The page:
The results obtained in PhD student Maria Hultman’s work have shown indication of similarities between the two hepatic exposure models, in vivo (whole fish exposures) and in vitro (primary liver cells) when using fish. The main focus has been on characterizing and understanding the estrogen responses in the two experimental models (in vitro and in vivo) when exposed to estrogenic compounds. The results have shown that key biomarker genes are similarly induced in both models, thus suggesting a well-functioning estrogen cellular response, but the in vitro methods does not seem to accommodate the complexity of endocrine regulation in vivo.
Maria’ s work is a part of NIVA`s effort to implement the 3R’s (Replacement, reduction and refinement) in ecotoxicological testing of both single chemicals (alterREACH) and mixtures of chemicals (MixTox).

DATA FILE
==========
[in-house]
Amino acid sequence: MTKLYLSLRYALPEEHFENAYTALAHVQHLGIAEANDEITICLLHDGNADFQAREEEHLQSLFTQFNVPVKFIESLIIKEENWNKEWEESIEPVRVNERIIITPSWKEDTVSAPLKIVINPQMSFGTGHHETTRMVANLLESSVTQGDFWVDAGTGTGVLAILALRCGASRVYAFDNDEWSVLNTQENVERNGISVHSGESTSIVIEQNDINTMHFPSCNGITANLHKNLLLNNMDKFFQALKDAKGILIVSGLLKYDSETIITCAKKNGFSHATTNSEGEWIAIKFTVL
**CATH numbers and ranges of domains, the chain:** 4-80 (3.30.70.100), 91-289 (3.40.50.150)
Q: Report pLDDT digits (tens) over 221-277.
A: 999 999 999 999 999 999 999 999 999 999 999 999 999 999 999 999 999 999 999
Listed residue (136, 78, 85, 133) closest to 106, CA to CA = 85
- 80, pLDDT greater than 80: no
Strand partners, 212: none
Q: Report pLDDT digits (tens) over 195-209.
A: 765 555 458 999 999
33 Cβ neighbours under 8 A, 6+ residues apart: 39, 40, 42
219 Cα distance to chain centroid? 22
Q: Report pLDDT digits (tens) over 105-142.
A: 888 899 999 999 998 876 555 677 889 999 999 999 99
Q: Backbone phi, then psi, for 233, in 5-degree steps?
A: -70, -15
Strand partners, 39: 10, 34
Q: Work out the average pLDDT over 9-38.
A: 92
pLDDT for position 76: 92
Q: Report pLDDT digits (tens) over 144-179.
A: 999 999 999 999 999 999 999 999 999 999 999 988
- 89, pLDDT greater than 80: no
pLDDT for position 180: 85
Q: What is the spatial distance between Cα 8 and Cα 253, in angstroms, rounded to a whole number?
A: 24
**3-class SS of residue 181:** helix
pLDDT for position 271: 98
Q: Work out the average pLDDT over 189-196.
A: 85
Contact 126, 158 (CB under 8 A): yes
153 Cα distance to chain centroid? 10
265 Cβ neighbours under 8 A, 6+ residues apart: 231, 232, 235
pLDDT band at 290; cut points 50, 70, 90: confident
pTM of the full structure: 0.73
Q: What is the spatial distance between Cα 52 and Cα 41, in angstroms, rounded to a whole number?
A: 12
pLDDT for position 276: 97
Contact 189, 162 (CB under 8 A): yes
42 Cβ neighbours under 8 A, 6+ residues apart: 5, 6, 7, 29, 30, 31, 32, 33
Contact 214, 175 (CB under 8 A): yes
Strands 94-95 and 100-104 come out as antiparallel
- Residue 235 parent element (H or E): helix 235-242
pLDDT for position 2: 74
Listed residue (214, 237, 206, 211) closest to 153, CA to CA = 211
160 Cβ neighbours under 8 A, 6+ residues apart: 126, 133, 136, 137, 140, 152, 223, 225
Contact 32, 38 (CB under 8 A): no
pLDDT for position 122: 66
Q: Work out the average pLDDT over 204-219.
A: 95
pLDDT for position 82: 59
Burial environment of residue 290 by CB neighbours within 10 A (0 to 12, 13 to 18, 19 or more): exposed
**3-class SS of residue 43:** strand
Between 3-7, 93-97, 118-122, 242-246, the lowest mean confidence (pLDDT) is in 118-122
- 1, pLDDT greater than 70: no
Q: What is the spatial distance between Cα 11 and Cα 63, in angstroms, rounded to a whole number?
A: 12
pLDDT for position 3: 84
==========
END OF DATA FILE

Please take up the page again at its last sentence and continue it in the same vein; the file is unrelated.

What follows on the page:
Neus main contribution has been focused on ensuring an efficient strategy for the selection of chemicals for in vitro testing with regard to acute and chronic toxicities and bioaccumulation.
Firstly, a compilation of experimental (in vivo) data for bioaccumulation was made from publicly and privately available databases. Appropriate information was identified to form a global database, where the selection of a subset of chemicals will be made according to established criteria. The aim of this selection is to conduct two in vitro methods (rt S9 and rt hepatocytes cells) to determine bioconcentration of chemicals including metabolic biotransformation information. Finally, in vivo-in vitro data integration will be made to pursue the implementation of non-animal testing methods to determine bioconcentration potential of the chemicals.